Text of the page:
Shovel Ready Projects Must Help Build An Inclusive Society
“The COVID-19 recovery is a fantastic opportunity to help build the inclusive society we want for New Zealand,” says Disability Rights Commissioner Paula Tesoriero.
Making sure that shovel-ready projects take accessibility into account will make a big difference in creating an inclusive New Zealand.
“There are significant economic and social benefits to all New Zealanders if we get this right.”
“Ensuring shovel ready projects take accessibility and the voices of disabled people into account will future-proof these projects and potentially significantly improve many people’s lives.”
Tesoriero says lessons must be learnt from the Christchurch post-earthquake rebuild failing to be as fully inclusive as it could have been due to arguments about expediency. (link)
Tesoriero has sought an assurance from the Government that accessibility and universal design will be considered in all stages of confirming shovel ready projects.
“A lens on accessibility and inclusion can be built into the assessment process for applications, ‘fast tracked’ resource consents, contracts, and when the District Councils that receive funding implement shovel ready projects.”
Inclusive employment practices so disabled people can get work on recovery projects is also critical.
“Disabled people who already faced poor employment outcomes pre-COVID19 are likely to be hit hard by redundancies and fewer vacancies.”
New Zealand has ratified the Convention on the Rights of Persons with Disabilities (CRPD) which sets up the expectations for how decision makers should respond to and include disabled people.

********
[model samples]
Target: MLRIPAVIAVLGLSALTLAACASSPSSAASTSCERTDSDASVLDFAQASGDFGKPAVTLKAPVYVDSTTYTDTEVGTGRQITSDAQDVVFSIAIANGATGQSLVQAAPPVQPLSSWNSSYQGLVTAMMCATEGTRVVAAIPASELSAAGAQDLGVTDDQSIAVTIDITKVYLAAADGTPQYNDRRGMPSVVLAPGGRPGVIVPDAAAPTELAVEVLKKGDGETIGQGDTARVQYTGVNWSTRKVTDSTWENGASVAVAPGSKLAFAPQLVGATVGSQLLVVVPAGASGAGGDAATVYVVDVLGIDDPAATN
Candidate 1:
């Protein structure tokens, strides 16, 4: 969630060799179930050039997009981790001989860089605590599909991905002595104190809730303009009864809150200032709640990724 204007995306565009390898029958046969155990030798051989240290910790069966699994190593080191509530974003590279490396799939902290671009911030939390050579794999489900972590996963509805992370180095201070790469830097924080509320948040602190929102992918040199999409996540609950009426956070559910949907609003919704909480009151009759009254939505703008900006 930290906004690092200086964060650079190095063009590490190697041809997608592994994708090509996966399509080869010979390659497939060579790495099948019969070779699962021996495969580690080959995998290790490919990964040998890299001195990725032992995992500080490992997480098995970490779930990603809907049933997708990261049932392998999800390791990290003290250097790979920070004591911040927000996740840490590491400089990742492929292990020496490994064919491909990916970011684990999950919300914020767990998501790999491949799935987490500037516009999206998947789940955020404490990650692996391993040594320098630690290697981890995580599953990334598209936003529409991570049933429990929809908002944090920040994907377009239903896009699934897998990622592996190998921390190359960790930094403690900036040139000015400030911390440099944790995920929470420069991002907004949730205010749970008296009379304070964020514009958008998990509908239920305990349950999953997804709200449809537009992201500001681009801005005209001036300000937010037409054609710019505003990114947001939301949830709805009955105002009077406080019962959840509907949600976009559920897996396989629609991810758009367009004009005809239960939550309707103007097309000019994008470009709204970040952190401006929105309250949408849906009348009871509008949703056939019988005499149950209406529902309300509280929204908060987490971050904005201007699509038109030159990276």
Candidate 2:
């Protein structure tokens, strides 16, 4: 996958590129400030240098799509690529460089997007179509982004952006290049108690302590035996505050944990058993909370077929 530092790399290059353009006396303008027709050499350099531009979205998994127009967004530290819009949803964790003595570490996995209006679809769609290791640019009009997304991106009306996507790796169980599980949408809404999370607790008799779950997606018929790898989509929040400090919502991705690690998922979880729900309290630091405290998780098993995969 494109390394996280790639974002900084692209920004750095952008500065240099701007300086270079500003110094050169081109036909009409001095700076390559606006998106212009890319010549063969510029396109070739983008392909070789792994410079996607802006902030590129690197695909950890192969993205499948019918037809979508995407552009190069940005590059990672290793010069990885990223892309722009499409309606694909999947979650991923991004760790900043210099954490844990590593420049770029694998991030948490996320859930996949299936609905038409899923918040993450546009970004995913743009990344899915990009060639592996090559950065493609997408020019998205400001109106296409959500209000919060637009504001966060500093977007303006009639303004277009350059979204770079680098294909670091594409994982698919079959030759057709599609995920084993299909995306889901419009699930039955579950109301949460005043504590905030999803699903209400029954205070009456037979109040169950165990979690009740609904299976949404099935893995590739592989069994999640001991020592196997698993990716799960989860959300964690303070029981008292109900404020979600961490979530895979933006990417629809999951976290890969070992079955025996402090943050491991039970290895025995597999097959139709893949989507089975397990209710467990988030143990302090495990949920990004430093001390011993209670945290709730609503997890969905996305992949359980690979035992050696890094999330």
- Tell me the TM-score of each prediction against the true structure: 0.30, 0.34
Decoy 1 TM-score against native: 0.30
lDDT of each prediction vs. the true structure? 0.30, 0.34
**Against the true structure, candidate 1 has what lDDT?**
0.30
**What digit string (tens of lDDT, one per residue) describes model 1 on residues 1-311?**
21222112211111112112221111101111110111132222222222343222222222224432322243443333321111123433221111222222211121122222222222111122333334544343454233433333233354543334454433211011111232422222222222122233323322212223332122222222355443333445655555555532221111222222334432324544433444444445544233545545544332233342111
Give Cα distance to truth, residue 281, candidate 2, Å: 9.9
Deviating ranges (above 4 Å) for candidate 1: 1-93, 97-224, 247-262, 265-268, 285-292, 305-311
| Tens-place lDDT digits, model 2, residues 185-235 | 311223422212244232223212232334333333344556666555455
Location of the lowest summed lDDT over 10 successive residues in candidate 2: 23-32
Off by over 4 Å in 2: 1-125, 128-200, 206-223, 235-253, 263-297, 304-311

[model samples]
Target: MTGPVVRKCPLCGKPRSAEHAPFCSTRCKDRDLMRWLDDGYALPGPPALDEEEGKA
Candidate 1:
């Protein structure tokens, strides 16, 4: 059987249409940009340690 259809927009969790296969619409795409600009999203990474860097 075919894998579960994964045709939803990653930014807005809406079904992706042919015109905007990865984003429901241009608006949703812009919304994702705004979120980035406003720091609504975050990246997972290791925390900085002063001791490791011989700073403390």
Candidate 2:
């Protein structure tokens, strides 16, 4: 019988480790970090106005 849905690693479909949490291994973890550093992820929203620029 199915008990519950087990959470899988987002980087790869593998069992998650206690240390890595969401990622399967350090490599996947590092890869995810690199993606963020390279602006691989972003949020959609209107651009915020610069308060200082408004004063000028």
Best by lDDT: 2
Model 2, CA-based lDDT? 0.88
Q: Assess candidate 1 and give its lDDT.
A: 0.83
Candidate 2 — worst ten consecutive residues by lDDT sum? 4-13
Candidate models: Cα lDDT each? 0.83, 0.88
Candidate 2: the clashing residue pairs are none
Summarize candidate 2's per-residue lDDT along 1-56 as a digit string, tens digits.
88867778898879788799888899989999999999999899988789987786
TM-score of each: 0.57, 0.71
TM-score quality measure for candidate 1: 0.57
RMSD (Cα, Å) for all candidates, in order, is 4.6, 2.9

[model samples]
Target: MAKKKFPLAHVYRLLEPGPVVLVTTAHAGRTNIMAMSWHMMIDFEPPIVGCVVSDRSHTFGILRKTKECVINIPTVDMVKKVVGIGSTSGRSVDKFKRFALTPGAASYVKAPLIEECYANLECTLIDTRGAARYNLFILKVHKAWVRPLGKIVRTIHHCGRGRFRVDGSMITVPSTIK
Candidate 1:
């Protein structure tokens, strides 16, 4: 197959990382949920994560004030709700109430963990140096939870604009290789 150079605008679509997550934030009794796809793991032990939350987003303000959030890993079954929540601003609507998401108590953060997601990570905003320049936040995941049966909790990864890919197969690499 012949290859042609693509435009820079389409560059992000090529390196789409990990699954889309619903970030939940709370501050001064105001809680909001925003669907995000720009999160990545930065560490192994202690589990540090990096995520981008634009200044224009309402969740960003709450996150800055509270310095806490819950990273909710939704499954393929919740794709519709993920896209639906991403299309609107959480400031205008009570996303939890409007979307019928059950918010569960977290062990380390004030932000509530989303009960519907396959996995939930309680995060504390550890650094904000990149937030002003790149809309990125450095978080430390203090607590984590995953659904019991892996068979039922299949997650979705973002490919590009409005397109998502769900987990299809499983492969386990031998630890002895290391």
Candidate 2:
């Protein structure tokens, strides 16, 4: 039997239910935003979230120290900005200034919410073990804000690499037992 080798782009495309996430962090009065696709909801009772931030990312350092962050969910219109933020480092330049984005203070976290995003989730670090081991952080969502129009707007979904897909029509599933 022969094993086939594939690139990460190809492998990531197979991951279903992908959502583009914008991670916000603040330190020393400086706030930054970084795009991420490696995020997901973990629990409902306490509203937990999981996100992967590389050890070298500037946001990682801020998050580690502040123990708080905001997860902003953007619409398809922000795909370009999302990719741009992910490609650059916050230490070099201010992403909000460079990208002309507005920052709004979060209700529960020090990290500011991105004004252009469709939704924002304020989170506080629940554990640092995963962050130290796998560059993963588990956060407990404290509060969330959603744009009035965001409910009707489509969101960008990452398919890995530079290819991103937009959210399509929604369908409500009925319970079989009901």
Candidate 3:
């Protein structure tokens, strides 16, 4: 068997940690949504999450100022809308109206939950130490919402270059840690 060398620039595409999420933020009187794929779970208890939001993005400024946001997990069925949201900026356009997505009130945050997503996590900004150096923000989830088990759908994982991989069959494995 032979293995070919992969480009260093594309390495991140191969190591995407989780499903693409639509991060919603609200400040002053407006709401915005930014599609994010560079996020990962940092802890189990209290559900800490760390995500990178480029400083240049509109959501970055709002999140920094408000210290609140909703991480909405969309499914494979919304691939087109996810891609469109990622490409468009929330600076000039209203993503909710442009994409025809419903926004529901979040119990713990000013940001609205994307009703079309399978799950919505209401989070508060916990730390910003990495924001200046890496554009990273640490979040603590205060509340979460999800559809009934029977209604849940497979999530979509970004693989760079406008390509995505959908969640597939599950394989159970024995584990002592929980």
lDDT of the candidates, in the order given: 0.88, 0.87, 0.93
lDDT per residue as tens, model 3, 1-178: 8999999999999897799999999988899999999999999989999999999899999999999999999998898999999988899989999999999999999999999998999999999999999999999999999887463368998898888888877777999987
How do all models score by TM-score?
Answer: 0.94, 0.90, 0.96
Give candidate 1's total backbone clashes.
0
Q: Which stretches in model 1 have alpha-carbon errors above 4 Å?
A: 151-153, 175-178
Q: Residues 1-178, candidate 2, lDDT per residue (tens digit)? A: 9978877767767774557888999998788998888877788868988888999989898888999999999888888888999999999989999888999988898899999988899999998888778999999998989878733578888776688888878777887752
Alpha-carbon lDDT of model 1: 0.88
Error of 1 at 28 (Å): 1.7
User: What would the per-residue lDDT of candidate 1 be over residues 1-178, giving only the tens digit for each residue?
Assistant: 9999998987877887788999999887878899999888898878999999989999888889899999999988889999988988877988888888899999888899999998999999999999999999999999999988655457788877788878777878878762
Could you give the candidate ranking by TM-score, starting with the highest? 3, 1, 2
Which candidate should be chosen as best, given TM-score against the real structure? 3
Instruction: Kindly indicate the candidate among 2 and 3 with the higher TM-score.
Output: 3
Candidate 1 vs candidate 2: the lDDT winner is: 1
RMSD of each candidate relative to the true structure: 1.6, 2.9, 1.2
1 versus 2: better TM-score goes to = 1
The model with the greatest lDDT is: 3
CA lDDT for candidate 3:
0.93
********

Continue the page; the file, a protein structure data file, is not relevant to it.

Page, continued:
In late 2018, Cabinet signed off a major piece of work for public sector agencies to thoroughly explore with disabled people how they can achieve full accessibility for disabled people and all New Zealanders.
“It is important that disabled people are part of any review process for the shovel ready projects.”
“Disabled people should be closely consulted and actively involved in matters such as this that affect them and their participation in the community,” says Tesoriero.
Universal design should be a critical component of any major spending on public works or amenities.
“There are measurable economic and social benefits for everyone when universal design is considered – particularly older people, children, disabled people and people with access needs, and culturally and linguistically diverse groups,” says Tesoriero.